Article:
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Dr. Mike Roizen
Dr. Mike Roizen is chief medical officer at the Cleveland Clinic Wellness Institute, an award-winning author, and has been the doctor to eight Nobel Prize winners and more than 100 Fortune 500 CEOs.

Dr. Mike Roizen

Tags: antidepressants | anxiety | insomnia | dr. roizen

Beware of Mixing Prescription Medications

Michael Roizen, M.D. By Wednesday, 31 May 2023 11:57 AM EDT Current | Bio | Archive

These days, a lot of adults taking prescribed stimulants — including amphetamines (Adderall and Dexedrine), methamphetamines such as Desoxyn, and a methylphenidate (Ritalin) — are mixing them with various anti-anxiety/sedative/hypnotic medications and opioids. That's a dangerous mix.

After looking at prescription insurance claims for more than 9 million people over a one-year period, Johns Hopkins researchers found that 276,233 adults used those stimulants, and 45% of them combined the drugs with at least one more medication that affects the central nervous system (CNS).

In fact, close to half of the stimulant users were also taking an antidepressant; close to one-third filled prescriptions for anti-anxiety/sedative/hypnotic medications; and one fifth received opioid prescriptions.

It seems to happen when, for example, an antidepressant gets prescribed but causes drowsiness. So a stimulant gets added — and that leads to insomnia. Then a sleep agent is put into the mix.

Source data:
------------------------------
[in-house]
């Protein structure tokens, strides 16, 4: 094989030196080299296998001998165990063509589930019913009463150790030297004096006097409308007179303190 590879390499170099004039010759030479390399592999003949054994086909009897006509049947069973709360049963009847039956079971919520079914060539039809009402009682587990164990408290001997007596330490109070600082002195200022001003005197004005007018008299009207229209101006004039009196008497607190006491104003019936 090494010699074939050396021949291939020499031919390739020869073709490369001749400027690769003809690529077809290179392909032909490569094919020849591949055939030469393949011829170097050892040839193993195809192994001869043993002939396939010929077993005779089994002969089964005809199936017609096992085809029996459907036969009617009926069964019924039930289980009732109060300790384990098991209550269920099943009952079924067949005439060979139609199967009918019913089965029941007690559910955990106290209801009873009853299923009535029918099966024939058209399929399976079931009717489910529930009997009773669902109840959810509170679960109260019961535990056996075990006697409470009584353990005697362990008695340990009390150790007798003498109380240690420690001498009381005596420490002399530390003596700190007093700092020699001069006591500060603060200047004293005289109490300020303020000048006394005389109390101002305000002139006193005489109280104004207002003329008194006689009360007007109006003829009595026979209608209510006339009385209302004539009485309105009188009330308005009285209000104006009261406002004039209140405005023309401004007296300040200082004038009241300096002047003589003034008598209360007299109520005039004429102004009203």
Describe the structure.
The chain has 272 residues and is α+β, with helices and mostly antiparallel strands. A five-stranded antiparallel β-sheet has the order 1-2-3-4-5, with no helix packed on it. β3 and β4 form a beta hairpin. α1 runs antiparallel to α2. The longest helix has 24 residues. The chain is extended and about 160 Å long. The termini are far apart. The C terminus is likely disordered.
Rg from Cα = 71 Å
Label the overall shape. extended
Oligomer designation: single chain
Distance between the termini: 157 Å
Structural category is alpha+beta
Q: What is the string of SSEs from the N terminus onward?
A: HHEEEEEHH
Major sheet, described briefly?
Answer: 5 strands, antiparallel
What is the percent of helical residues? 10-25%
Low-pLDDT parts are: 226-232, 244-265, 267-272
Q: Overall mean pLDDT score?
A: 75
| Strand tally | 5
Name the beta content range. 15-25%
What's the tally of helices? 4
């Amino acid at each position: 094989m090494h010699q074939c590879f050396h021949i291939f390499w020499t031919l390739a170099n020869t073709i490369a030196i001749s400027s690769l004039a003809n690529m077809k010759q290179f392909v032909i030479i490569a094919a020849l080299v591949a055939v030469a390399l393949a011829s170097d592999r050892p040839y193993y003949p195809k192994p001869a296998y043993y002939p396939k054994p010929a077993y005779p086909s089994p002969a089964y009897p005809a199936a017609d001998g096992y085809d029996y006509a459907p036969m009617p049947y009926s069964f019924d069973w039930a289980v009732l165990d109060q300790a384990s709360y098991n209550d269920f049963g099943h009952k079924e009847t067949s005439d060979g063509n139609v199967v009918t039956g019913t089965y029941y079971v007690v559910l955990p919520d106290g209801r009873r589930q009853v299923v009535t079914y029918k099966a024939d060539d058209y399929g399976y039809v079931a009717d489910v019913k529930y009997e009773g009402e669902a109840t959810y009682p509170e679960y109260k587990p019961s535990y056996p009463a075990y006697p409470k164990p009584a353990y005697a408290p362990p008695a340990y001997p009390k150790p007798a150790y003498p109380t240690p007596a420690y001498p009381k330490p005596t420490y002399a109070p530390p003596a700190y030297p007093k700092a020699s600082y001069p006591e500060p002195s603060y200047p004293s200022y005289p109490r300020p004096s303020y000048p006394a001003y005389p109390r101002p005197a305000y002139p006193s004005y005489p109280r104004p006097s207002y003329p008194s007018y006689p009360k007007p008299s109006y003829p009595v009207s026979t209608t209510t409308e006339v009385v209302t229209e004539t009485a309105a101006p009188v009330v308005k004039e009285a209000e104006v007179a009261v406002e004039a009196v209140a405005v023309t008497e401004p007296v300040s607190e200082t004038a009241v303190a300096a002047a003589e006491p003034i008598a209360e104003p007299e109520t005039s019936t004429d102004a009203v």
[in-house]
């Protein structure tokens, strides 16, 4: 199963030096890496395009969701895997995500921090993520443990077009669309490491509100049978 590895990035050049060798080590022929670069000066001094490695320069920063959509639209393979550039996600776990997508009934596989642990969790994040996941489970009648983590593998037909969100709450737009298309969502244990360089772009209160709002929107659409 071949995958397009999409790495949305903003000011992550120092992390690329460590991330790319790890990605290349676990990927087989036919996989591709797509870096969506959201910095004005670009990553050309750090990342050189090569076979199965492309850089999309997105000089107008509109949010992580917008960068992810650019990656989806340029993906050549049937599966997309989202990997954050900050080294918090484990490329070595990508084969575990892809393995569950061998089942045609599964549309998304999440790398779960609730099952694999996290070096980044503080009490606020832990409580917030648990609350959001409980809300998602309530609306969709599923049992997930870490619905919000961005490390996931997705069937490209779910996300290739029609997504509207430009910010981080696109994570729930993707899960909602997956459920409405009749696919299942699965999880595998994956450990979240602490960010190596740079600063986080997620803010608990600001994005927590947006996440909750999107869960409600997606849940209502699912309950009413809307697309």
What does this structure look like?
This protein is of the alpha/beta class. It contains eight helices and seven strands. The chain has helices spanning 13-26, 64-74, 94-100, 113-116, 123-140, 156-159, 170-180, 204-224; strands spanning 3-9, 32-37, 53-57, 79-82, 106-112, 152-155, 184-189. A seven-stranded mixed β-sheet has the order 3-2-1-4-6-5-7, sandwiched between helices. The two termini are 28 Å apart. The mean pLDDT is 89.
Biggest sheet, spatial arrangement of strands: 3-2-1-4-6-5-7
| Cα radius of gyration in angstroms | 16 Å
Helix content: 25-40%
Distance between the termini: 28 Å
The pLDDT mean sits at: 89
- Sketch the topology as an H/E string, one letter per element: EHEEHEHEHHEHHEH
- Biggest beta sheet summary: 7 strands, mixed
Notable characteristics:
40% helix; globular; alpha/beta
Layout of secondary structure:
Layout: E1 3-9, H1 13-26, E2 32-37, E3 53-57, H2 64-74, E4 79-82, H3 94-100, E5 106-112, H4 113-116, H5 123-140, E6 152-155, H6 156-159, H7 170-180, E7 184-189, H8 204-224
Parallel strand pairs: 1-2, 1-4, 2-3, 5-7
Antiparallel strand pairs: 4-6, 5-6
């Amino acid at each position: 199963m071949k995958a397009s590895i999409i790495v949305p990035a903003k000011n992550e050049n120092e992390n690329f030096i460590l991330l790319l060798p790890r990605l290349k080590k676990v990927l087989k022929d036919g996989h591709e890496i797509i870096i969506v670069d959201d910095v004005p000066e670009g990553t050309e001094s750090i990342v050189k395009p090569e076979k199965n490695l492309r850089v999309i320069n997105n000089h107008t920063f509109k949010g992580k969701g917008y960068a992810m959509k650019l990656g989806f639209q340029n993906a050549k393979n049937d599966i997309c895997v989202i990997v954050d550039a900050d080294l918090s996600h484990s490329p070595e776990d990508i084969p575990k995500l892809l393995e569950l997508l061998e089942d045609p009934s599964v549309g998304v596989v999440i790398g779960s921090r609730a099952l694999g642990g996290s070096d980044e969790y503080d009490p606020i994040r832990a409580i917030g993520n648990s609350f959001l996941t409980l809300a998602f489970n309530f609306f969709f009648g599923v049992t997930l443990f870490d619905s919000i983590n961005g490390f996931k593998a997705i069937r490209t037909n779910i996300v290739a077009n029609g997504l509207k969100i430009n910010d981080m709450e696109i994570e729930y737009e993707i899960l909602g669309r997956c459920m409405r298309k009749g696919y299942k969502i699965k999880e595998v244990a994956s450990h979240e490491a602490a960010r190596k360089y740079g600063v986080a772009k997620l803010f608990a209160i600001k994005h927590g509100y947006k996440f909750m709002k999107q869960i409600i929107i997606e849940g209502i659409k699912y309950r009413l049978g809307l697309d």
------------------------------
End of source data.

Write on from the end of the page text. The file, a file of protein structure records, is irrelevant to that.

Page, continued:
The mix of medications might also be a case of the left hand (one prescribing doctor) not knowing what the right hand (a different doctor) is prescribing.

Whatever the cause, adding more and more CNS-affecting meds isn't a smart approach to managing challenges with depression, adult ADHD, or narcolepsy.

If this describes your medication regimen, talk with your doctor(s) about a less risky way to manage your primary condition and/or side effects from the medication you take for it.

There may be alternative meds and lifestyle changes — such as more meditation and social interaction, more physical activity, improved nutrition, and stopping smoking, vaping, and using recreational drugs/excess alcohol — that can help.

© King Features Syndicate

Adding more and more central nervous system-affecting medications isn't a smart approach to managing challenges with depression, adult ADHD, or narcolepsy.
antidepressants, anxiety, insomnia, dr. roizen
Wednesday, 31 May 2023 11:57 AM
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